The Esmolol loading dose will be 0.4 mg/kg body mass/min administered over the first 3 minutes, followed by a maintenance dose of 0.2 mg/kg body mass/min for the remainder of the protocol (maximum of 60 minutes).
Other Name: Esmolol Hydrochloride

Other: Pre exercise baseline
Subject rests quietly while drug infusion begins (3 min loading dose followed by 10 min of maintenance dose) until heart rate and blood pressure stabilize.

Other: Isometric handgrip exercise
The subject will grip at 40% of their maximum and maintain that grip until fatigue i.e. inability to maintain required force despite verbal encouragement from a member of the research team who is blinded to the infusion order.

Other: Post exercise cuff occlusion
At the point of handgrip fatigue, the subject stops gripping as the cuff is inflated and keeps their arm relaxed for 3 minutes of occlusion.

Other: Recovery
Cuff is released, monitoring continues until heart rate and blood pressure return to baseline.

Placebo Comparator: Saline Infusion Study Visit
The hemodynamic responses at rest, during isometric handgrip exercise, and post-exercise arm occlusion will be measured during Saline infusion.
Drug: Saline infusion
The Saline loading dose will be 0.4 mg/kg body mass/min administered over the first 3 minutes, followed by a maintenance dose of 0.2 mg/kg body mass/min for the remainder of the protocol (maximum of 60 minutes).
Other Name: Normal saline solution

Other: Pre exercise baseline
Subject rests quietly while drug infusion begins (3 min loading dose followed by 10 min of maintenance dose) until heart rate and blood pressure stabilize.

Other: Isometric handgrip exercise
The subject will grip at 40% of their maximum and maintain that grip until fatigue i.e. inability to maintain required force despite verbal encouragement from a member of the research team who is blinded to the infusion order.

Other: Post exercise cuff occlusion
At the point of handgrip fatigue, the subject stops gripping as the cuff is inflated and keeps their arm relaxed for 3 minutes of occlusion.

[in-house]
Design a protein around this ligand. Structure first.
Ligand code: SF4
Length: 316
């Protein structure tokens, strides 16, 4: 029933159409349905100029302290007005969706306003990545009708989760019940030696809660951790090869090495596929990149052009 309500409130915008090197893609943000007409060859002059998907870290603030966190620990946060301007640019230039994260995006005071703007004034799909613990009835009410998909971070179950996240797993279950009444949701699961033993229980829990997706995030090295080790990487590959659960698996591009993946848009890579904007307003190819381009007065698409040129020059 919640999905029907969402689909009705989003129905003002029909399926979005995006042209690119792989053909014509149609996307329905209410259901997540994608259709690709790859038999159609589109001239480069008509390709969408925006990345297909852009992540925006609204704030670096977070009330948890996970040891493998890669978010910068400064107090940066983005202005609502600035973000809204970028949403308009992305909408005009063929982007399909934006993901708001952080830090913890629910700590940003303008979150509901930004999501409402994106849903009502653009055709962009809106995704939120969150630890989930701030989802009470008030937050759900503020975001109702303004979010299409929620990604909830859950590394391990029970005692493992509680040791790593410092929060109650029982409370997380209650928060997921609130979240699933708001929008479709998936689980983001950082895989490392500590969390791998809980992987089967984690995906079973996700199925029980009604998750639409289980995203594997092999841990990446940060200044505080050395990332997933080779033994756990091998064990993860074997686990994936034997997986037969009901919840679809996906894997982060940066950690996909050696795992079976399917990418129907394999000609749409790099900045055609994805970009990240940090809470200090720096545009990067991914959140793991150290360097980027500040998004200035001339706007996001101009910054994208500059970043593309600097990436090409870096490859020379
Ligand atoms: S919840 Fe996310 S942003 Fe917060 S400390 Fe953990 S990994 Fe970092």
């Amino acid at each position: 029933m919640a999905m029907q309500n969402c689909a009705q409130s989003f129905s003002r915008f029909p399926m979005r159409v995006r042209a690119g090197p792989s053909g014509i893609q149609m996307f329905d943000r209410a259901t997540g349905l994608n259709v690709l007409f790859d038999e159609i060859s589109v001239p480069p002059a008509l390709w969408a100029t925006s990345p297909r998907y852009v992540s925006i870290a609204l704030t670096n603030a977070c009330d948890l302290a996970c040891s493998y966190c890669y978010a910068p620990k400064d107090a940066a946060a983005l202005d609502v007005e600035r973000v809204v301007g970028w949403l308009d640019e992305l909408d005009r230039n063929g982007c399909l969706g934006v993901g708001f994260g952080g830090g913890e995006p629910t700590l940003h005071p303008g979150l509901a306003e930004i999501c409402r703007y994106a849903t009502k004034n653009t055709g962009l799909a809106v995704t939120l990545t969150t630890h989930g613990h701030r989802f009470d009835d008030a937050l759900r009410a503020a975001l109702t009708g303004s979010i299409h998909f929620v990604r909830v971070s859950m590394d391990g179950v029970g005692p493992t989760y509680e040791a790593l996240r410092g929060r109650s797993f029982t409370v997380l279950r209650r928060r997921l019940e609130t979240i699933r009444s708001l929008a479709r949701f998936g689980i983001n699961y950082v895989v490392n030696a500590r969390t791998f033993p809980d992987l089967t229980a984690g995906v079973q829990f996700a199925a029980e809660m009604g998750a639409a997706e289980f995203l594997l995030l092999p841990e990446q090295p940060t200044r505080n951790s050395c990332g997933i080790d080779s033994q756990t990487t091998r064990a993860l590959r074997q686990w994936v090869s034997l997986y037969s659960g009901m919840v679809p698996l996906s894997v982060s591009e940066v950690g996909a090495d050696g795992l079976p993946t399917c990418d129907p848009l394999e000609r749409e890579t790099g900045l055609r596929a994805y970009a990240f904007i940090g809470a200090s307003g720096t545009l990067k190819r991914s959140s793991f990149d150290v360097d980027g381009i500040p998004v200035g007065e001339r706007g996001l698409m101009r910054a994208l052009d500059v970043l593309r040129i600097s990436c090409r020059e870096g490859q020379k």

Other: Recovery
Cuff is released, monitoring continues until heart rate and blood pressure return to baseline.




Primary Outcome Measures :
  1. Coronary blood velocity [ Time Frame: Recorded continuously during the 2-3 hour study visit ]
    Blood velocity in the distal left anterior descending coronary artery (coronary blood velocity, CBV, in cm/sec), an index of myocardial oxygen supply, will be measured using transthoracic Doppler echocardiography (apical four-chamber view). The participant will lie on an exam bed in the supine or left lateral position. CBV will be calculated as the peak diastolic velocity (average of 3 or more cardiac cycles) as measured manually by Prosolv 3.0. Because coronary velocity waveforms will be quantified manually, the person who performs this analysis will be blinded to the treatment until all analyses are complete.

  2. Rate pressure product [ Time Frame: Recorded continuously during the 2-3 hour study visit ]
    Rate pressure product, an index of myocardial oxygen demand, will be obtained by multiplying heart rate by systolic blood pressure. Heart rate will be measured using a three-lead EKG. Peripheral blood pressure will be measured using a finger blood pressure cuff (Finometer, FMS).

  3. Arterial pulse wave velocity [ Time Frame: Recorded continuously during the 2-3 hour study visit ]
    Pulse wave velocity (PWV) will be measured by pressing a sensor (SphygmoCor, AtCor Medical) against one of the participant's neck (carotid) arteries and against one of their groin (femoral) arteries. Carotid-to-femoral PWV, the non-invasive gold standard for assessing central arterial (aortic) stiffness, will be calculated by dividing the estimated distance between the carotid and femoral arteries (i.e. carotid artery to sternal notch + sternal notch to femoral artery) by the pulse transit time between the two sites.


Secondary Outcome Measures :